On Waiting for the Birth of a Dream


There is a place of deepest pain that yields a most intimate spot in the soil of creation. A dark and loamy bed for a seed to rest easy; so miniscule the human eye must labor to see it.

But suddenly, there it is, growth under the surface of your fear and trepidation, watered by your tears He has faithfully collected in a bottle.

A dream is germinating.

Hope is preordained like a time capsule waiting to be opened; His fingernails filled with the dirt of your genetic predisposition, the only evidence.

Dreams are pushing through your doubts and questions, shedding the skin of spiritual youth in exchange for the cloak of wisdom. Obsessed with bravery over matters of prudence, your calling isn’t a naysayer but faithful and determined.

The tree of your life will bear branches for others to rest upon.

Despite what you wrongly assume is silence from the heavenlies, a seedling hatches from Abraham’s genetic microcosm into the ordinary suds of your kitchen sink.



A quaking of goodness is unleashing.

Hold fast.

Sabbath is coming.


And welcome Monday as one tiny sprout toward your destiny.

He ordains your seasons and nothing is wasted, not even the compost heap of your failed endeavors.

Happy Sabbath from me to you.

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When You Are Searching for Purpose in the Mess


What you are created for is not a mystery if you pay attention to the way your heart beats with purpose.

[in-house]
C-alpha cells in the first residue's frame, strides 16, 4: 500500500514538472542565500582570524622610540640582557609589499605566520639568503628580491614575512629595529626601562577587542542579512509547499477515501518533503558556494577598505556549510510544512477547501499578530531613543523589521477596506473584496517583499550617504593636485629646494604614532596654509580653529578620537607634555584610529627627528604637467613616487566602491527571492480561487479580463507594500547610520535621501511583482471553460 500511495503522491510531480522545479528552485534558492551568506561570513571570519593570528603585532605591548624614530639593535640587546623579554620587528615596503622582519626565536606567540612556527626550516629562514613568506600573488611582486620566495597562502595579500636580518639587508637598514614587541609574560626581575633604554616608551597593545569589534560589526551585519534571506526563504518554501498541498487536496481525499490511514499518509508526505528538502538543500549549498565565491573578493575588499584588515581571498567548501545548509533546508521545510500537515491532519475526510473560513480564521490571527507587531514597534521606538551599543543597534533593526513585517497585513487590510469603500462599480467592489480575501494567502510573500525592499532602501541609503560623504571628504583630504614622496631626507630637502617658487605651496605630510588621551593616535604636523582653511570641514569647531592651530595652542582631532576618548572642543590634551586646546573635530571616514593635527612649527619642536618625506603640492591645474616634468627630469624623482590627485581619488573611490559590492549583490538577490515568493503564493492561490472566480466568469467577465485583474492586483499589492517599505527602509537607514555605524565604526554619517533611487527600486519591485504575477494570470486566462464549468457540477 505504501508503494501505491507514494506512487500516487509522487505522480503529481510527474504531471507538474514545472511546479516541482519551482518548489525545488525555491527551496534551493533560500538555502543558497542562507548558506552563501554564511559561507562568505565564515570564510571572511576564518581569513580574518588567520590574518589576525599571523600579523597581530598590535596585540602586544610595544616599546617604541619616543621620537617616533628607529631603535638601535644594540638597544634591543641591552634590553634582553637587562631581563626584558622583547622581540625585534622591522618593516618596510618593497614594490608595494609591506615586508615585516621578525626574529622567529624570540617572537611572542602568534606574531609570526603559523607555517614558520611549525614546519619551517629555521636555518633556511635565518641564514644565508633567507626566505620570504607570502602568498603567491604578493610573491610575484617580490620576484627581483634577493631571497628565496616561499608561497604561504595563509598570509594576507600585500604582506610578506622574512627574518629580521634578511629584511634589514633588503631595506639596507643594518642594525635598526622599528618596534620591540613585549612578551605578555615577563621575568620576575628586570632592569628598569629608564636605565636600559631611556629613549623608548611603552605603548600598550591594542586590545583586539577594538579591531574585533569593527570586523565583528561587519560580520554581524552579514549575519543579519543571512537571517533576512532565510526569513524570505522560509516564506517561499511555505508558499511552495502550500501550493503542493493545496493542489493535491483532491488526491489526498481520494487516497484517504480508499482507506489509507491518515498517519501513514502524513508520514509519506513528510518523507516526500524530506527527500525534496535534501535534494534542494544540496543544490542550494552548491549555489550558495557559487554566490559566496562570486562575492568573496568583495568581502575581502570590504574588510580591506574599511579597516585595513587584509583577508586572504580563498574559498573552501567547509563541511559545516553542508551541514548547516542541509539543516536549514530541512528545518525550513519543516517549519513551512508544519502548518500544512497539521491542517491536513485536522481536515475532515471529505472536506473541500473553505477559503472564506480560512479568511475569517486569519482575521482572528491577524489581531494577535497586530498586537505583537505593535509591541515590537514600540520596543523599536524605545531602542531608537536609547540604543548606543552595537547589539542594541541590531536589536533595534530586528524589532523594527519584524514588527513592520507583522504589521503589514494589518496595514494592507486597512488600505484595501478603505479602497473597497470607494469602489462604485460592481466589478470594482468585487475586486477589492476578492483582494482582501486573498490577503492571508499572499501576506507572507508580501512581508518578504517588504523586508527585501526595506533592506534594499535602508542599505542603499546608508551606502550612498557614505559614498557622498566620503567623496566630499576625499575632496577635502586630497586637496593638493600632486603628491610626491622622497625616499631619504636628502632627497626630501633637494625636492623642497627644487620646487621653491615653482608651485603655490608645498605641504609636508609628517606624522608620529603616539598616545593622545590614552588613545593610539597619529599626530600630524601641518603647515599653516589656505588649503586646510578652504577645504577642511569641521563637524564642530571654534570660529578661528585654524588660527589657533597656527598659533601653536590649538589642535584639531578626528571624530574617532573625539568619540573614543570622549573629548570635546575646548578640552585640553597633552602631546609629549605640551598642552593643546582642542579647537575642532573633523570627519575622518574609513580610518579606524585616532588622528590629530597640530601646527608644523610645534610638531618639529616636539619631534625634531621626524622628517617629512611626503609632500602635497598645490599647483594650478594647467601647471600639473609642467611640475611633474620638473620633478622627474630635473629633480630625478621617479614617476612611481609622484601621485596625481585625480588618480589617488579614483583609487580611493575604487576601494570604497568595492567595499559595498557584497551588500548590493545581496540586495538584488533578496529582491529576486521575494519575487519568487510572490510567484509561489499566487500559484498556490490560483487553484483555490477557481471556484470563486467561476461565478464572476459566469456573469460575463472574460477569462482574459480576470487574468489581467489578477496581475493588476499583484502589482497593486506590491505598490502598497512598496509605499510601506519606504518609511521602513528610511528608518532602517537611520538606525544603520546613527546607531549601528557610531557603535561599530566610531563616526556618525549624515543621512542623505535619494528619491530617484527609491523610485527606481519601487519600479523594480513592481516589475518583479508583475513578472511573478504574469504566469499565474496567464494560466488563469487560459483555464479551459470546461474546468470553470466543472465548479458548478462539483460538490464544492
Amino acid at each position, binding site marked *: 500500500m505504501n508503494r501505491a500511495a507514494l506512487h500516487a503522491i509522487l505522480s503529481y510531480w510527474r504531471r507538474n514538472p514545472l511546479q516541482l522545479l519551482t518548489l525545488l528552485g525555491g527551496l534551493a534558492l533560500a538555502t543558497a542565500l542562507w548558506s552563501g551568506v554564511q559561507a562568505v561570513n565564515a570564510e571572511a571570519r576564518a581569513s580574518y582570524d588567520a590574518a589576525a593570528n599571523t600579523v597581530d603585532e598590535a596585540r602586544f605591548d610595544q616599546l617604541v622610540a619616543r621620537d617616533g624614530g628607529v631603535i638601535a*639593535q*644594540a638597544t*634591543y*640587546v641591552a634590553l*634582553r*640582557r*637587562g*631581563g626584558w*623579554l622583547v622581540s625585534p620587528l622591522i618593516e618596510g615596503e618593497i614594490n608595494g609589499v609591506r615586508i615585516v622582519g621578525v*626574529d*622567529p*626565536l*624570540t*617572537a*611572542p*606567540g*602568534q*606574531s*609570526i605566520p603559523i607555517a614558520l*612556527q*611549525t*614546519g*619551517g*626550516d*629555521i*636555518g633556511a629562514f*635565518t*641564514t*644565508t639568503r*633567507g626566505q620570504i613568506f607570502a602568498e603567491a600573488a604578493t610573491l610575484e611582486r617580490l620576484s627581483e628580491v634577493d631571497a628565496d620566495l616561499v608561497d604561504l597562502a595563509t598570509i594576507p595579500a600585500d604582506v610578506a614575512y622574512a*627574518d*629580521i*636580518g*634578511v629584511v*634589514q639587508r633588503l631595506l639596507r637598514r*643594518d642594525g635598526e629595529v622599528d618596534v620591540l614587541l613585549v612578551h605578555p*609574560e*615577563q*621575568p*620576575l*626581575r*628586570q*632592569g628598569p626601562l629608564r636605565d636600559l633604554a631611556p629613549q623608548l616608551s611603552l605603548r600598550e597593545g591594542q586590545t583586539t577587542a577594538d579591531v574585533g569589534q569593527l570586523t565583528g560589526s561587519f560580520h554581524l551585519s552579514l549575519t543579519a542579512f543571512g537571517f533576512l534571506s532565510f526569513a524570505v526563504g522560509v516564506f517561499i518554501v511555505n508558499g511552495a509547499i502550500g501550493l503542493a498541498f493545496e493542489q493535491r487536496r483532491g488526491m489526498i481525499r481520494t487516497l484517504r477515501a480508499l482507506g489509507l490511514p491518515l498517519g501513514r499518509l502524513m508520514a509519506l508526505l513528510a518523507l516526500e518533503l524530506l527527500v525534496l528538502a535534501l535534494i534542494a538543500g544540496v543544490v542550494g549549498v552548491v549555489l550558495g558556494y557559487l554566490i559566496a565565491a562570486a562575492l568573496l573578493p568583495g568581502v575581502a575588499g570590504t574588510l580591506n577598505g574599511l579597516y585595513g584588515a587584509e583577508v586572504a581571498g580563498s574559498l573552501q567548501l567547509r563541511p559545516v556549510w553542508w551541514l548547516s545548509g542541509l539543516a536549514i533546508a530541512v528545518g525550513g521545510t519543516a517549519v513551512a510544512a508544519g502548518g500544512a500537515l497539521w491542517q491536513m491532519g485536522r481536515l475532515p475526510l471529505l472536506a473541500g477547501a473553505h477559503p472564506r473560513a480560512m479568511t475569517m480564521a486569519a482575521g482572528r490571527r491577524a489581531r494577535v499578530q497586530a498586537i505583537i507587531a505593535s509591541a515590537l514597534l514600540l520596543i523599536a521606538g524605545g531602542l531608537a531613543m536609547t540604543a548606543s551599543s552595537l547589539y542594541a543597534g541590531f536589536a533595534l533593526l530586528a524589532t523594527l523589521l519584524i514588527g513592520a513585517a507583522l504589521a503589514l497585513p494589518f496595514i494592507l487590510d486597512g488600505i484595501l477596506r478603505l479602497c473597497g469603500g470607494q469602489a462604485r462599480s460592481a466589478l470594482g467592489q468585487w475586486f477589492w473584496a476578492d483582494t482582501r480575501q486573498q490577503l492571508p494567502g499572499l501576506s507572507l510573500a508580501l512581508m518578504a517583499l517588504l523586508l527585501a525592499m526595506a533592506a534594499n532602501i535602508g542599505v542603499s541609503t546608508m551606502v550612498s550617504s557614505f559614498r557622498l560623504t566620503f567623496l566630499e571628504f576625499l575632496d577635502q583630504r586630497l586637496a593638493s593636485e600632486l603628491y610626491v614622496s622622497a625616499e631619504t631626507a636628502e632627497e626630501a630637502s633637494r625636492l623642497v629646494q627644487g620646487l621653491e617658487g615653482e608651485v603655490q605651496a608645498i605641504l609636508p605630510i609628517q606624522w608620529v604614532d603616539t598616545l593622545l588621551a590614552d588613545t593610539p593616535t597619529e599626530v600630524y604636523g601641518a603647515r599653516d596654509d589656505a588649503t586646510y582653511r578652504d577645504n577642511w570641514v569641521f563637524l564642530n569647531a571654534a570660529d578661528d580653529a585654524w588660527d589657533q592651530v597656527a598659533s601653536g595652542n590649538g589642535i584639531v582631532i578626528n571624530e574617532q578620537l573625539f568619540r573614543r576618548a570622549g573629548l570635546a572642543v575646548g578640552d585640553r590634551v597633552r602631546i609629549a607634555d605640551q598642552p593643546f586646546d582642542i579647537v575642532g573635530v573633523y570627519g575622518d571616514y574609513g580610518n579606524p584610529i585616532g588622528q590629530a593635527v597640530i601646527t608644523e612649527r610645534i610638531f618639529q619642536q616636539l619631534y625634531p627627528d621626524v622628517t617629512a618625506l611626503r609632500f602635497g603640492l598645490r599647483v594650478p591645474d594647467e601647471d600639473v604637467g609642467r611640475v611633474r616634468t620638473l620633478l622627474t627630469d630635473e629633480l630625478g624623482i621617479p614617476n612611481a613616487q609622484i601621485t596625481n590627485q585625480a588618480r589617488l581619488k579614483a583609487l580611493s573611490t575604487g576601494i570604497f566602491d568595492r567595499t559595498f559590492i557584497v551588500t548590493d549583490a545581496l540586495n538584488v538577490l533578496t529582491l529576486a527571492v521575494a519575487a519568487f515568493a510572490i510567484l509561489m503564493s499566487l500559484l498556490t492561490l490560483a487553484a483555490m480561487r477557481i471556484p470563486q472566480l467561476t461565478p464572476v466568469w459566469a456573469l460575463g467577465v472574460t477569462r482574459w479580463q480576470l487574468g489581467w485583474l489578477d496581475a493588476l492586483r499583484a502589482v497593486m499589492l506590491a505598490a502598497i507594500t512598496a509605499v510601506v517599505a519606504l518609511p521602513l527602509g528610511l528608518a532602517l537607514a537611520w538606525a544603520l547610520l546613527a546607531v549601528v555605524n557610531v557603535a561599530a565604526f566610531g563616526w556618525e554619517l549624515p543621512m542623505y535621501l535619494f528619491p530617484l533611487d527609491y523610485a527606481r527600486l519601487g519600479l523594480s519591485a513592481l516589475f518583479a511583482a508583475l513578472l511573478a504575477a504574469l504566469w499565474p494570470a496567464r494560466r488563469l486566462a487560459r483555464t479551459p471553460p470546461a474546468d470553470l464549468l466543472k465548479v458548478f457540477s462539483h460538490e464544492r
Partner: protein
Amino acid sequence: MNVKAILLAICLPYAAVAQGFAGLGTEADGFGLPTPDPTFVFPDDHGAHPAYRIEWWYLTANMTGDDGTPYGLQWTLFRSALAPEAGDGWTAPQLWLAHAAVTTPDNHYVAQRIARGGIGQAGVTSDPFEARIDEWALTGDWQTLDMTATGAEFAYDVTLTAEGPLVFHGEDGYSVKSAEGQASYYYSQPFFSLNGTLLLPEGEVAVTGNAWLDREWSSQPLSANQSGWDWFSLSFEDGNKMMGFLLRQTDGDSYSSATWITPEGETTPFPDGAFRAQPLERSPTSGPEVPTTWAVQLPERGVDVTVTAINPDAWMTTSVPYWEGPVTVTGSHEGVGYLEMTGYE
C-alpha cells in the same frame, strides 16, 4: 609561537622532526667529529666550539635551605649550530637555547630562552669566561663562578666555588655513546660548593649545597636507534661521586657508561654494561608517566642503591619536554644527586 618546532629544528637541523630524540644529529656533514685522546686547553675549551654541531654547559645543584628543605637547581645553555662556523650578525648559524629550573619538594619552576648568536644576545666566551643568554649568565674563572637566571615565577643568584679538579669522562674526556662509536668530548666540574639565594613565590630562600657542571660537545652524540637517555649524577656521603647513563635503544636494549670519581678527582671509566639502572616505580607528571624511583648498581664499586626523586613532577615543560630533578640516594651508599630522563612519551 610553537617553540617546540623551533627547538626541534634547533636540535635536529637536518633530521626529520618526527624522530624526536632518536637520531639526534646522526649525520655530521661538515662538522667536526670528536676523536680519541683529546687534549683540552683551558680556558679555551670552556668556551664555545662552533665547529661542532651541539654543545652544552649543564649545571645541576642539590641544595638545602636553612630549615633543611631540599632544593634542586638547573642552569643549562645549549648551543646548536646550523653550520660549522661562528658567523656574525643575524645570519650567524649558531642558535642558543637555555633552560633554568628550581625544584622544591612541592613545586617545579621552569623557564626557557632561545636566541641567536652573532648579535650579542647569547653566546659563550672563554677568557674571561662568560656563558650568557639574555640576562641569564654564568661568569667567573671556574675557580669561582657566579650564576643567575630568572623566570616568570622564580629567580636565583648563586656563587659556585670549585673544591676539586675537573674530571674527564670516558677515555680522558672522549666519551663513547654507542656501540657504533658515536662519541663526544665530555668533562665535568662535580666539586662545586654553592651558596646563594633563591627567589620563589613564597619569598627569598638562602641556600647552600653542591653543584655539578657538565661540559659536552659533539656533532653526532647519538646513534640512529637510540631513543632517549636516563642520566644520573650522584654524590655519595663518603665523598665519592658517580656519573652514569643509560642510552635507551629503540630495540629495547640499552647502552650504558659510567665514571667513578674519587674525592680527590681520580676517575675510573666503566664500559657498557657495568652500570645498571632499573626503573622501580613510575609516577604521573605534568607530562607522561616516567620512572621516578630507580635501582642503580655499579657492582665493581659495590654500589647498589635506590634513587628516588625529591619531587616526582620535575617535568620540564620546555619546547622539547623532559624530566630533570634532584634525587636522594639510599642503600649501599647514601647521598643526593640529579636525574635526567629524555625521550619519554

When a random thought causes you to walk faster or a smile to spread across your face at the most inopportune moment; when you begin negotiating with responsibility and prudence over what motivates you toward action – listen to what your heart is saying.

Sometimes and maybe often, these are tiny hints to how God made you to flourish.

When we moved to London, I assumed our lives would be that of simplicity in small spaces. We assumed a yard (or garden in English) would be non-existent.

Now, every morning while my son eats breakfast, I sit in our new brown chair in the corner of the dining room, holding a cuppa while looking through the windows at a wall of ivy fluttering in the breeze. I’m wooed into a trance of awe by God’s provision.

All I expected was one lone box of beauty propped on my window sill. But you should know something about me.

Gardening is like breathing. The act of digging deep and pulling out helps make sense of congested thinking, the same way writing helps  process the pages of life God has ordained for me.

I shipped my bird bath and empty pots all the way across the ocean. I did.

We don’t have a car or Home Depot or even a nursery within walking distance. Transporting soil and plants is a challenge in London.


On Mother’s Day, shortly after I stepped inside the church, a new friend greeted me and then asked an astounding question. She overbought plants for her garden and asked if I would I like to have the excess?